The LPGA requires its players to compete in every tournament at least once every four years. Meanwhile, on the PGA Tour, Tiger Woods and Phil Mickelson can't be bothered to take their private jets to Hawaii for a chance to win $1.1 million and a brand new Benz. This situation begs the question: Does the PGA Tour need a rule like the LPGA's? SI's Michael Bamberger says no, but Rick Lipsey disagrees. Read their arguments and tell us what you think in our forum.
If you like the awkward life maybe you tune into NBC's "The Office" you'd love to be a fly on the wall when Tim Finchem, the PGA Tour commissioner, has the following conversation with Phil Mickelson, the game's most popular player, about this new rule designed to spread the wealth and help the second-tier events, the Hartfords, the Flints, the Quad Citieses. The rule is not likely to happen anytime soon, but it's been talked about for years.
COMMISH: In the interest of fairness, sir, and in the interest of growing the game and supporting our sponsors, I ask you, Dr. Phil, to abide by our new PGA Tour bylaw. There will be fines starting at $100! for players who fail to comply, but we really hope it won't get to that.
PHIL: Dude, you couldn't get me to play in four straight playoff events. You think you're gonna force me to make appearances on your junior circuit? I mean, I already play Atlanta and the Presidents Cup. Wake up, fella! This is a star-driven tour. The power rests in Tiger, Vijay, Ernie and, I think you know this, me. Anyway, does the phrase independent contractor mean anything to you? How 'bout free will? Read your Milton Friedman! I'm gonna have to go on TV and call you out again, you commie!
The players are funny. They look like conformists, but a lot of them, and not just the stars, are cowboys at heart. They don't want to be told what clubs to play with, and they especially don't want to be told what tournaments to play in. They have no union protection and aren't looking for it.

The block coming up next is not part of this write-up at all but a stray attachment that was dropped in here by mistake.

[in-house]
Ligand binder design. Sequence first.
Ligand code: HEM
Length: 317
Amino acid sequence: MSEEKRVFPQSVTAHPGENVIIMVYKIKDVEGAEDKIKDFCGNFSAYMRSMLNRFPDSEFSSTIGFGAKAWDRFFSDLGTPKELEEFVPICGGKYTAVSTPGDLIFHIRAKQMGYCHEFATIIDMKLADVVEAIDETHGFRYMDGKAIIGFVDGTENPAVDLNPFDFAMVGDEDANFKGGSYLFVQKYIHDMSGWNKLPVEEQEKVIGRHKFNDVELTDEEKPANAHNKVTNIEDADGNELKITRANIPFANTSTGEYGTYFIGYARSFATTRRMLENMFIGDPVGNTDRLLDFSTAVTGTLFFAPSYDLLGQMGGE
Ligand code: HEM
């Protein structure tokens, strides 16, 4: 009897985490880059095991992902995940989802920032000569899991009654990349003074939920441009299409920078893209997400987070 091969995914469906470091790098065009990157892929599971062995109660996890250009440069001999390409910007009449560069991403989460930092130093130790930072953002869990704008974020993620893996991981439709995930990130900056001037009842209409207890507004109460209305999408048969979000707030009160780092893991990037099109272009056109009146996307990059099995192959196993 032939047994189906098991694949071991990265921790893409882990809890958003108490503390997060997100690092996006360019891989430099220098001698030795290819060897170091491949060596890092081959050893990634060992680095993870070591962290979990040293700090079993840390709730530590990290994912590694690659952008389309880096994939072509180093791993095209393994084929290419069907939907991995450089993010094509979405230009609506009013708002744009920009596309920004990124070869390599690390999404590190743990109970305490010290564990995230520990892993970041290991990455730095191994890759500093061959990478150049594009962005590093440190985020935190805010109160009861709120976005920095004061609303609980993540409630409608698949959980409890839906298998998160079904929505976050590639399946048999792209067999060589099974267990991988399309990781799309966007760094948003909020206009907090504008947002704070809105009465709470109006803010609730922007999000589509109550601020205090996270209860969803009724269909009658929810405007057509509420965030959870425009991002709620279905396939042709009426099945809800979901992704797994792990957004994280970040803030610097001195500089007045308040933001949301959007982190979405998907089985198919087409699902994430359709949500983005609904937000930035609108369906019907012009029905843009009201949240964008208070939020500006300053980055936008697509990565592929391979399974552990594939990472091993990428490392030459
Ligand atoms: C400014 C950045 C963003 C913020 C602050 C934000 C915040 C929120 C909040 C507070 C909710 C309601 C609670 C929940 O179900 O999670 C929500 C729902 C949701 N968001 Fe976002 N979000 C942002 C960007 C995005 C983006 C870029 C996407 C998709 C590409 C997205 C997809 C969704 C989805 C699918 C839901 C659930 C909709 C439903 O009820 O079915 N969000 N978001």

It makes sense to force the players to play all the events on an irregular basis, but only in theory. It would violate the free market, capitalistic, survival-of-the-fittest attitude that permeates professional golf. That's not just a player attitude, but one the tournament sponsors have, too. The events, like the golfers, live in a Darwinian triangle, and it's crowded at the top. The Charlotte stop, the Wachovia, has figured out how to become a must-play event in a hurry. All it takes is money and ingenuity. That's the free market at work.
If the Tour required a player to appear at a tournament where he didn't want to be, you'd have a cranky player and ultimately an unhappy tournament, and that wouldn't serve anybody. It's true that a tournament like Hartford a.k.a. The Travelers Championship, which is saddled with a bad week, right after the U.S. Open is unlikely to get Phil or Tiger anytime soon. But the bad spot on the schedule forces the tournament's sponsors to be creative in other ways. A player can fly free from the U.S. Open to Hartford on a chartered jet, paid for by the sponsor. No biggie, but a nice touch. Vijay played last year. Of course, Vijay's attitude is, "If there's a purse, I'm there."
In 2008, Tiger is guaranteed nothing, and neither is Paul Goydos, not in terms of what they will make on the course. The players have to earn it. That's part of golf's broad appeal. The tournaments have to earn their standing, too, and they do. Forcing stars to play lesser events would undermine a system that's working just fine. The good events get better players by word-of-mouth and not, as Michael Scott would say on "The Office," by mandate from corporate. The players don't work for Dunder Mifflin.
The show, by the way, airs Thursdays at 9 p.m. Someday there will be new episodes, if the writers' strike ever gets resolved.